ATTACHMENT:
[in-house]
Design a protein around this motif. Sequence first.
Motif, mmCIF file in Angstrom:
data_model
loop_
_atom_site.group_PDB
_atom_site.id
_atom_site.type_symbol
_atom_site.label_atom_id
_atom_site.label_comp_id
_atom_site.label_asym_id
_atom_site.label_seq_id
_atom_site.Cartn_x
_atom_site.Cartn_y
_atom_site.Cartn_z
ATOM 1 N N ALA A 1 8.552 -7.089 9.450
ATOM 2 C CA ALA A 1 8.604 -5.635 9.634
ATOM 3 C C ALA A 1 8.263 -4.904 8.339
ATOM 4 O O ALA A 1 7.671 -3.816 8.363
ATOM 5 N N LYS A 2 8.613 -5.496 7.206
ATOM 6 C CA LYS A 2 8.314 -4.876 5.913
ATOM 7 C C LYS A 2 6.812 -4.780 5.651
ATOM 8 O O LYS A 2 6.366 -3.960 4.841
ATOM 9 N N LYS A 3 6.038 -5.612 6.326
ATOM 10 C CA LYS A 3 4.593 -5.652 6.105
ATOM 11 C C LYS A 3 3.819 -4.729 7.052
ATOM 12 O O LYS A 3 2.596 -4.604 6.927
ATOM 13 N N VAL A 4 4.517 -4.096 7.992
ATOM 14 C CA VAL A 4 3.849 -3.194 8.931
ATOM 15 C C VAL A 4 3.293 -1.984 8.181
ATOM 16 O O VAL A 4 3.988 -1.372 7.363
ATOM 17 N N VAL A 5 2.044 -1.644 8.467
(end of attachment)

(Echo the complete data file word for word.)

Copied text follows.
[in-house]
Design a protein around this motif. Sequence first.
Motif, mmCIF file in Angstrom:
data_model
loop_
_atom_site.group_PDB
_atom_site.id
_atom_site.type_symbol
_atom_site.label_atom_id
_atom_site.label_comp_id
_atom_site.label_asym_id
_atom_site.label_seq_id
_atom_site.Cartn_x
_atom_site.Cartn_y
_atom_site.Cartn_z
ATOM 1 N N ALA A 1 8.552 -7.089 9.450
ATOM 2 C CA ALA A 1 8.604 -5.635 9.634
ATOM 3 C C ALA A 1 8.263 -4.904 8.339
ATOM 4 O O ALA A 1 7.671 -3.816 8.363
ATOM 5 N N LYS A 2 8.613 -5.496 7.206
ATOM 6 C CA LYS A 2 8.314 -4.876 5.913
ATOM 7 C C LYS A 2 6.812 -4.780 5.651
ATOM 8 O O LYS A 2 6.366 -3.960 4.841
ATOM 9 N N LYS A 3 6.038 -5.612 6.326
ATOM 10 C CA LYS A 3 4.593 -5.652 6.105
ATOM 11 C C LYS A 3 3.819 -4.729 7.052
ATOM 12 O O LYS A 3 2.596 -4.604 6.927
ATOM 13 N N VAL A 4 4.517 -4.096 7.992
ATOM 14 C CA VAL A 4 3.849 -3.194 8.931
ATOM 15 C C VAL A 4 3.293 -1.984 8.181
ATOM 16 O O VAL A 4 3.988 -1.372 7.363
ATOM 17 N N VAL A 5 2.044 -1.644 8.467